Overreacting, No way. I live in Florida and the thought of buildings being
built that way here would scare me to death.
PETERSON CONSULTING GROUP
----- Original Message -----
From: Bill Polhemus <bpolhem(--nospam--at)swbell.net>
To: <seaint(--nospam--at)seaint.org>; <aec-residential(--nospam--at)polhemus.cc>
Sent: Monday, March 05, 2001 10:06 AM
Subject: "Blown Away"
> Recently, an architect client of mine and I were discussing a feature of a
> commercial building we were working on. He does lots of convenience
> food combination facilities. One client has a "doghouse" at the front
> of the store, a "penthouse" type structure that allows a sign-logo above
> entrance that extends about eight feet or so above the parapet line.
> The doghouse itself is CFS supporting metal cladding, which sits on the
> and joists of the main structure.
> The design drawings given me showed a CFS structure that was WAY
> to resist code-specified wind forces, and I proceeded to design it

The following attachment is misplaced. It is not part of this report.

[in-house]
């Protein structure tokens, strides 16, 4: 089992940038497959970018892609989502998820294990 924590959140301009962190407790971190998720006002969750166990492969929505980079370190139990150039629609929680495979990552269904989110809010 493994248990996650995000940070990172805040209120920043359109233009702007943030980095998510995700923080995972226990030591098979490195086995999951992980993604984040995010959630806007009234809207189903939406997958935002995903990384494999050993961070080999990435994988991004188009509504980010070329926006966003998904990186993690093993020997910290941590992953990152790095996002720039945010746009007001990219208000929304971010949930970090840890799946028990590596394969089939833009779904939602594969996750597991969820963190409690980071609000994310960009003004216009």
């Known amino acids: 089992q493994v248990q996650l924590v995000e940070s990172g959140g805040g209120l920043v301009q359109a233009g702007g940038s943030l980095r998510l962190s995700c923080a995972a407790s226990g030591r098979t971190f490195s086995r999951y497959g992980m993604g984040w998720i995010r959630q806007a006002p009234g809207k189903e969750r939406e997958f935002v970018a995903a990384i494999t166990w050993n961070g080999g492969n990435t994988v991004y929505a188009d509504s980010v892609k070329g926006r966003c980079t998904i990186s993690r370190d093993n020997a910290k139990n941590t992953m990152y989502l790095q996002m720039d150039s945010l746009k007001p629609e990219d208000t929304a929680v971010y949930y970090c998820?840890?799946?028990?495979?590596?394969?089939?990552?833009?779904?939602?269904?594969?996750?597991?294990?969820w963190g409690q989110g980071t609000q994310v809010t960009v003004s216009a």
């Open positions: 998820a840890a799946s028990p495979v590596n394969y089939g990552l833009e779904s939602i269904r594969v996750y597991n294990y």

> which made for a much "beefier" structure, particularly where the roof
> and overall connnections were concerned. When he saw this, he had a
> reaction. "Too much", he said.
> I pointed out to him that we were building in an area where the design
> speed is 120 mph (three-second gust). His response was "oh, that doesn't
> if they had a hurricane, the doghouse would just be blown off, and they
> build it back again".
> I had NEVER heard of this approach before! In essence, he's saying "just
> it to handle gravity loads and don't worry about wind, this is not an
> portion of the structure. If it gets scoured off, no big deal".
> Have any of you designed "components and cladding" type portions of a
> under this approach? The architect insists it is perfectly valid: "we do
> the time". Of course, this guy is the "Wal-Mart" of architects in our
> and is used by developers here because he works cheaply, and doesn't get
> their way.
> I'm starting to rethink my relationship with him on this basis, but I'd
> know if this is perhaps more commonplace than I realize, and if I'm
> "overreacting". I just can't imagine a building department anywhere
> portion of a structure the possibility of being "blown away".